Jamillah is the UK Editor for The Next Web. She's based in London. You can hear her on BBC Radio 5Live's Outriders. Follow on Twitter @jemi Jamillah is the UK Editor for The Next Web. She's based in London. You can hear her on BBC Radio 5Live's Outriders. Follow on Twitter @jemimah_knight or drop a line to [email protected]
Pro Music, the website that has been working to make music sources online easier to find, has refreshed its site to highlight the staggering amount of sounds we can listen to and download online.
The site has been in action since 2003. Back then, iTunes was just starting to gain ground in the US and consumers in Europe had around 20 services to choose from.
Today music fans from over 100 countries can choose from 26 million tracks across more than 500 services. Not only is there an increase in possible choices, the services have diversified, so now we are buying on demand, streaming, subscribing or listening with ads and of course a tonne of different digital music players to listen through.
According to the site, digital music now accounts for one-third of recorded music revenues globally and was valued at $5.2 billion in 2011. More than enough reason to give the site a re-jig and make some of these services easier to find.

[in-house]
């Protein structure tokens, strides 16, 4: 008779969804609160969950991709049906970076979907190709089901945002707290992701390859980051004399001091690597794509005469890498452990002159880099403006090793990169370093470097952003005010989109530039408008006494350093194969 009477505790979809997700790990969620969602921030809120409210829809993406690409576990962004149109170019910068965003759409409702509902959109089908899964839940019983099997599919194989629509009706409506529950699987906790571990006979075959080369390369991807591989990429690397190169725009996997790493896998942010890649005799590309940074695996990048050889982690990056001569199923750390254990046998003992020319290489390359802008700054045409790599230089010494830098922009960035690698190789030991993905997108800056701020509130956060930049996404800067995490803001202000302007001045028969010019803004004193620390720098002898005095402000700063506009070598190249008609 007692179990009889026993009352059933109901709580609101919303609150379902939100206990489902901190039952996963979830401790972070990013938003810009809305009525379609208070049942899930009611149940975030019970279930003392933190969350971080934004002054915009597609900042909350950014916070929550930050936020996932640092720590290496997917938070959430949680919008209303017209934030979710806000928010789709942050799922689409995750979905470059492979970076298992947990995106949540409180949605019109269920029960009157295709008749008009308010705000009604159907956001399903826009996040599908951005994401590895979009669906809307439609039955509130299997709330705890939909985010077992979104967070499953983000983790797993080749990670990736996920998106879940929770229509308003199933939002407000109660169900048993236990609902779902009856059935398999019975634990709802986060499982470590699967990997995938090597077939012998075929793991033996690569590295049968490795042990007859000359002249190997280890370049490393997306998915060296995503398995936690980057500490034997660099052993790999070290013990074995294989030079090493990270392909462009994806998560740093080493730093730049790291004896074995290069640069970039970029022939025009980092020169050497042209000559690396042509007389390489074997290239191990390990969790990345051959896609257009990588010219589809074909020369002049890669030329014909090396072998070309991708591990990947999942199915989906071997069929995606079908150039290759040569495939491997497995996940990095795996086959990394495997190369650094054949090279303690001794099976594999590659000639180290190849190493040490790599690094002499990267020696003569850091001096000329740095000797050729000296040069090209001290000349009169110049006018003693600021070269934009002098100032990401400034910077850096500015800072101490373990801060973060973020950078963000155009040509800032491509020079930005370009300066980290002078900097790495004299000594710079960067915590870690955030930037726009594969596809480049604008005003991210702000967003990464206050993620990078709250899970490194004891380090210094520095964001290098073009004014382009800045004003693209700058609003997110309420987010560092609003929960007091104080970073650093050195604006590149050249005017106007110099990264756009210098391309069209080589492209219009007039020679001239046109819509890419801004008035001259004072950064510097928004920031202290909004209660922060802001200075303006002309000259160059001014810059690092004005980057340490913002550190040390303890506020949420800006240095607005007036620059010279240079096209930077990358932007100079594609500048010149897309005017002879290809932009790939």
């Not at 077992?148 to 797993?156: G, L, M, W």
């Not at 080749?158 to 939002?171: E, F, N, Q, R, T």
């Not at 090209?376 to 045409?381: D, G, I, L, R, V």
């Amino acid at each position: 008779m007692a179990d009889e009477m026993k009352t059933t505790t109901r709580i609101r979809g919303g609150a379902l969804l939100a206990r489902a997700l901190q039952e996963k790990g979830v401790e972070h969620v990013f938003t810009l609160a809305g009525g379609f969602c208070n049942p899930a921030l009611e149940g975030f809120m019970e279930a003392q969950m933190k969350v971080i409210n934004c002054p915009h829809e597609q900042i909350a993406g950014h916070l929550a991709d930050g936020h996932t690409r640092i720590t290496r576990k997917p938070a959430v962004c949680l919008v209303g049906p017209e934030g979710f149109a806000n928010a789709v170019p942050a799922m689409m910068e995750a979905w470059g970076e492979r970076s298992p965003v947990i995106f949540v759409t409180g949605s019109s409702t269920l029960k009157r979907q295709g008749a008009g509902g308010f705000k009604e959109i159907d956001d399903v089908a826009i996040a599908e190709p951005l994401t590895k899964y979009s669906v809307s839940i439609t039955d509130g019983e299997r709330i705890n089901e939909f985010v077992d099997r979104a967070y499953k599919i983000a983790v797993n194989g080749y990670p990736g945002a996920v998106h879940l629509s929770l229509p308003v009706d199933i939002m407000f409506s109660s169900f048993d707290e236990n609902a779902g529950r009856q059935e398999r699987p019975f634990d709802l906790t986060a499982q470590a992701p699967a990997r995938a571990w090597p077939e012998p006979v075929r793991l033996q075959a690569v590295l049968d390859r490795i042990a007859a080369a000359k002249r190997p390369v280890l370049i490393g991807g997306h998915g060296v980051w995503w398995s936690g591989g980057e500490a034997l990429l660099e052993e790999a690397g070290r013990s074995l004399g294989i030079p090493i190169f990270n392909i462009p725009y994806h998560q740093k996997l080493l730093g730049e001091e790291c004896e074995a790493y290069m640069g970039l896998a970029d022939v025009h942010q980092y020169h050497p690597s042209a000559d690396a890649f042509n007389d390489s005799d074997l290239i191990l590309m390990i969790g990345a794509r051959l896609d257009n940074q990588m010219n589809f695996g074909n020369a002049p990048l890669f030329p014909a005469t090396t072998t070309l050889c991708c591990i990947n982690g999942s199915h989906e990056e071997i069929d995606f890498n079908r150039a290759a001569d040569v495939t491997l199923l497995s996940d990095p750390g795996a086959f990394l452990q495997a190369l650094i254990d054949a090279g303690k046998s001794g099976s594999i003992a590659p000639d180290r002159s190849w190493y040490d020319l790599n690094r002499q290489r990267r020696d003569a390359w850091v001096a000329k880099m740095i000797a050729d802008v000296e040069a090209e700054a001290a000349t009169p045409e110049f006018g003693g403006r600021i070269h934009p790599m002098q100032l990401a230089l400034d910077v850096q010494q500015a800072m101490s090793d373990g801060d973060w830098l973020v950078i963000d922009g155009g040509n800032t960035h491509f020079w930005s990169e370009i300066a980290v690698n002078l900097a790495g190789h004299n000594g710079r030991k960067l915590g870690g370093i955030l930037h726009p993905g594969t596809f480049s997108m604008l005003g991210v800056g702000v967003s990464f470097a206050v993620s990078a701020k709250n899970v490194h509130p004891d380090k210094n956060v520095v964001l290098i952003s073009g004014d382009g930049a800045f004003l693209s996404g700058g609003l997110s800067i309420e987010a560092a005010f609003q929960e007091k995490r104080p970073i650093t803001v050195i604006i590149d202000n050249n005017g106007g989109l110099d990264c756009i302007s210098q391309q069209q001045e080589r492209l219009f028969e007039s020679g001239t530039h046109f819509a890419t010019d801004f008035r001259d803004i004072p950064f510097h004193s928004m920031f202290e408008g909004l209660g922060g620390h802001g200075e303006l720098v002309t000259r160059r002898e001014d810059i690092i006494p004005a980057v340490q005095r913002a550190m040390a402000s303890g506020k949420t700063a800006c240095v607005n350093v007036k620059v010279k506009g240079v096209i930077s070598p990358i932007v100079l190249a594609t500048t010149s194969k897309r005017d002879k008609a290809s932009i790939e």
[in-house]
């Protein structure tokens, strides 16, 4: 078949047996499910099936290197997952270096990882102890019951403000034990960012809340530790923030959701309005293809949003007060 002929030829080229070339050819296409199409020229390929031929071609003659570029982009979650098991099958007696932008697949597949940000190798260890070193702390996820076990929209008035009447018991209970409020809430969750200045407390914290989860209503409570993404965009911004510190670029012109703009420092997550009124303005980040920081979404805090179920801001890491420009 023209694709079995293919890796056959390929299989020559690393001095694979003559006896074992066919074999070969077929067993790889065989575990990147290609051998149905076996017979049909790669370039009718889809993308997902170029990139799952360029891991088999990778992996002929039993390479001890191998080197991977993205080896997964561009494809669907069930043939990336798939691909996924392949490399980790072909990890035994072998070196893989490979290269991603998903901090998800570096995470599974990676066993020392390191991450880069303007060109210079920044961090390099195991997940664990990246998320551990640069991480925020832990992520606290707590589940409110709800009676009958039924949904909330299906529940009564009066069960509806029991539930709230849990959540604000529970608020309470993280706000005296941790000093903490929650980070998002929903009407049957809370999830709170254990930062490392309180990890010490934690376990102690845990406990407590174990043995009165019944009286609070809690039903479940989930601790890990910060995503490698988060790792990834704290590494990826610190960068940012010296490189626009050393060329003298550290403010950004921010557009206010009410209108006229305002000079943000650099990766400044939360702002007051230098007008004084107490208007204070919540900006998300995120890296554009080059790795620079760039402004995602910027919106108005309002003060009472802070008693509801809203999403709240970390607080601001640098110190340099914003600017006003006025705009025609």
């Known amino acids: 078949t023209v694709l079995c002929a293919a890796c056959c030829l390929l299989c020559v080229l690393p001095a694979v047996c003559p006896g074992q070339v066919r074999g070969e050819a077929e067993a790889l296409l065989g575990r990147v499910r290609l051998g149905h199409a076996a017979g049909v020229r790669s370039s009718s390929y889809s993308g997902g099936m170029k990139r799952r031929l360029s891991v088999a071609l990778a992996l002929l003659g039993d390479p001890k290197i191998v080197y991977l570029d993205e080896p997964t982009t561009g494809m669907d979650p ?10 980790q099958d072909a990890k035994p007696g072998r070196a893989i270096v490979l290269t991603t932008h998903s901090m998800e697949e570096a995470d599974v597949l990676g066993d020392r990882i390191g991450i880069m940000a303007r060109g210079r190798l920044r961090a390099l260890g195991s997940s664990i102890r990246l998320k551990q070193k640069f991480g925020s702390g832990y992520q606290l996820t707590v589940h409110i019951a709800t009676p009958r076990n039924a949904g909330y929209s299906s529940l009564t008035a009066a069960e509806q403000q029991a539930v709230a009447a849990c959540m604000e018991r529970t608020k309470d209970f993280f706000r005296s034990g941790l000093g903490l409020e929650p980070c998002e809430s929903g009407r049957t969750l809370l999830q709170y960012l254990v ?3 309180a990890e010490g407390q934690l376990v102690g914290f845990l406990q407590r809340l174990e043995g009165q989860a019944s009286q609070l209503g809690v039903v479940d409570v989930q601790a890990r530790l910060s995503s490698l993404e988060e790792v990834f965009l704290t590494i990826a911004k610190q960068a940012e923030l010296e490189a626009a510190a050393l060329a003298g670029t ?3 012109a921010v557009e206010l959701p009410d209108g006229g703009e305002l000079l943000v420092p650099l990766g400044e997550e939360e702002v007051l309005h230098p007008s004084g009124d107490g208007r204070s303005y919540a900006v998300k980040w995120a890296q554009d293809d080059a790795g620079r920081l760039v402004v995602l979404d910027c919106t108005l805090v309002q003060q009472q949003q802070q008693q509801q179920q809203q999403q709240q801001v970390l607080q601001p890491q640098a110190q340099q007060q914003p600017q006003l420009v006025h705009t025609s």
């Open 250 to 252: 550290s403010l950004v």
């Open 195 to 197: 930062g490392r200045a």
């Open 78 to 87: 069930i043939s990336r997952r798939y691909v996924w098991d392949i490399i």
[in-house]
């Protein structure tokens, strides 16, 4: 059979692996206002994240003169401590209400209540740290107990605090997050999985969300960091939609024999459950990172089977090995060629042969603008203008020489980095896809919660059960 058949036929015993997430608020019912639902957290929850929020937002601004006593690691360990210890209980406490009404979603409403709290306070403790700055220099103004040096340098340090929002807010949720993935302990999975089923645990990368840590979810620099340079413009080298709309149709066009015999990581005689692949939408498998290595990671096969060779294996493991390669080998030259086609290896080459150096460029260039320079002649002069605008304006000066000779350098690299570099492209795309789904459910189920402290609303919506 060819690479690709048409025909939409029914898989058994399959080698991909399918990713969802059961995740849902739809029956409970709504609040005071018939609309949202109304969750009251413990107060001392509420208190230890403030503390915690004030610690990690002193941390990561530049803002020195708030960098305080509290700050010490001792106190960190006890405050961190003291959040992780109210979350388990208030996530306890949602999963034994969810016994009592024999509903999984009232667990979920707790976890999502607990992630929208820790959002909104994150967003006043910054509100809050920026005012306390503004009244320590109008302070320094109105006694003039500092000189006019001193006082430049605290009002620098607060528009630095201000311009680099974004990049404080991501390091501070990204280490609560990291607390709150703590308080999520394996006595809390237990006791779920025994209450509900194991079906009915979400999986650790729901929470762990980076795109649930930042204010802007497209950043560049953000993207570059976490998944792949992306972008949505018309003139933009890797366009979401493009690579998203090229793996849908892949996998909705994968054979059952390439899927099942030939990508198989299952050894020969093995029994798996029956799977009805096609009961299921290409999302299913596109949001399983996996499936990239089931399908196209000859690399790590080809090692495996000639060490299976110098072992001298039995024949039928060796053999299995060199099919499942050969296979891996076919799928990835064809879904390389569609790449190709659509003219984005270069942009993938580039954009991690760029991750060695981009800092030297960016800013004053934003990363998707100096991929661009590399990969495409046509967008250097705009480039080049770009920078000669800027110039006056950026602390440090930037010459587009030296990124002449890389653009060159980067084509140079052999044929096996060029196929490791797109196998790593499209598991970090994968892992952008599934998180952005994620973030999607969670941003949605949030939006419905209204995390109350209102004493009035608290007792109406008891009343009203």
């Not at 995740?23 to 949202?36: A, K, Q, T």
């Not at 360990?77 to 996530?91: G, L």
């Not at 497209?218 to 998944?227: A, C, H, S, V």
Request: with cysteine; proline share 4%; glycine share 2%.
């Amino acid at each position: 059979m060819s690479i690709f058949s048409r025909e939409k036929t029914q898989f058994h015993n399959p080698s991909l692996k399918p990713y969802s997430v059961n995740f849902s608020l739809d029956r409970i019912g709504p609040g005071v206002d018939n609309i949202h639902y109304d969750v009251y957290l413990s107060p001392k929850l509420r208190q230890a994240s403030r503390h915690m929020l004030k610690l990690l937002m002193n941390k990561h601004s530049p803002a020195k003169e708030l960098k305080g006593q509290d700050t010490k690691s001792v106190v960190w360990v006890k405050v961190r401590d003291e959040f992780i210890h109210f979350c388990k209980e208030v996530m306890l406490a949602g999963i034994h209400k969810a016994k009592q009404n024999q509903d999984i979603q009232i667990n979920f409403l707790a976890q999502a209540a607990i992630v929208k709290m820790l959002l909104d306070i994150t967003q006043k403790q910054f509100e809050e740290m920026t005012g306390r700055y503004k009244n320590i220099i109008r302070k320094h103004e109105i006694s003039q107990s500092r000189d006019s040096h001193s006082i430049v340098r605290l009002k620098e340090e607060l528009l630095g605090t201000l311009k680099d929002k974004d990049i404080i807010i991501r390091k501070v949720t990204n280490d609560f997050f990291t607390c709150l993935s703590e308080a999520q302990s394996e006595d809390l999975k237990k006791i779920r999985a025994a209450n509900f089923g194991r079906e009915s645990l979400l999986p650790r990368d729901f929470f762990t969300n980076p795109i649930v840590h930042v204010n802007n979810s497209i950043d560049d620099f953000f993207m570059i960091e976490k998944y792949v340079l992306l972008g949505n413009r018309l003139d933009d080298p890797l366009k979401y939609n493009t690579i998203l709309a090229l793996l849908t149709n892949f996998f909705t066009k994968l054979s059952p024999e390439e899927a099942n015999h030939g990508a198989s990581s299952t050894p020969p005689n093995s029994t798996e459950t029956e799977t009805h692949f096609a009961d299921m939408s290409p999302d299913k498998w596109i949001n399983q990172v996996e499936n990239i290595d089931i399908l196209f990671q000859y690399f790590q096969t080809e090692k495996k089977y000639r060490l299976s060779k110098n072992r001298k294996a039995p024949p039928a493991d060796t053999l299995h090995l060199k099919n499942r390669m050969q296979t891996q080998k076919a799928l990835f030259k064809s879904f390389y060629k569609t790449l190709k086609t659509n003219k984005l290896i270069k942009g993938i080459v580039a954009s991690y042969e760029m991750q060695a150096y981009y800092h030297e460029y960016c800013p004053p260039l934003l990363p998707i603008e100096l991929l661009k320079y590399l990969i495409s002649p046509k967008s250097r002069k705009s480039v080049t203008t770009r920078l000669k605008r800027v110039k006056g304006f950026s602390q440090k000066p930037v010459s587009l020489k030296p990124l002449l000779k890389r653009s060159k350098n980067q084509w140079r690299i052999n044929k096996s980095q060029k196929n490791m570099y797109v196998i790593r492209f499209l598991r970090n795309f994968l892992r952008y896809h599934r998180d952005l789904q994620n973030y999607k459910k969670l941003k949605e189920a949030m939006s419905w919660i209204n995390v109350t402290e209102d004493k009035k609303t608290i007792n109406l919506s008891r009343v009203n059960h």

The Pro Music site has two main features – a directory of links to licensed music services listed by type and country and an information portal with guidance about copyright law and a guide in nine languages on how to access music legally.
As the field of digital music expands and consumers look for easier ways to find and enjoy songs, it’s not a bad thing to have a guide to what’s available and how they work. It may also go some way to help avoid copyright breaches through the provision of clear information.
The site was created by the International Federation of the Phonographic Industry (IFPI) with a coalition of industry partners including major and independent labels, performers, managers, publishers, retailers and musicians’ unions.
Image Credit: dno1967b
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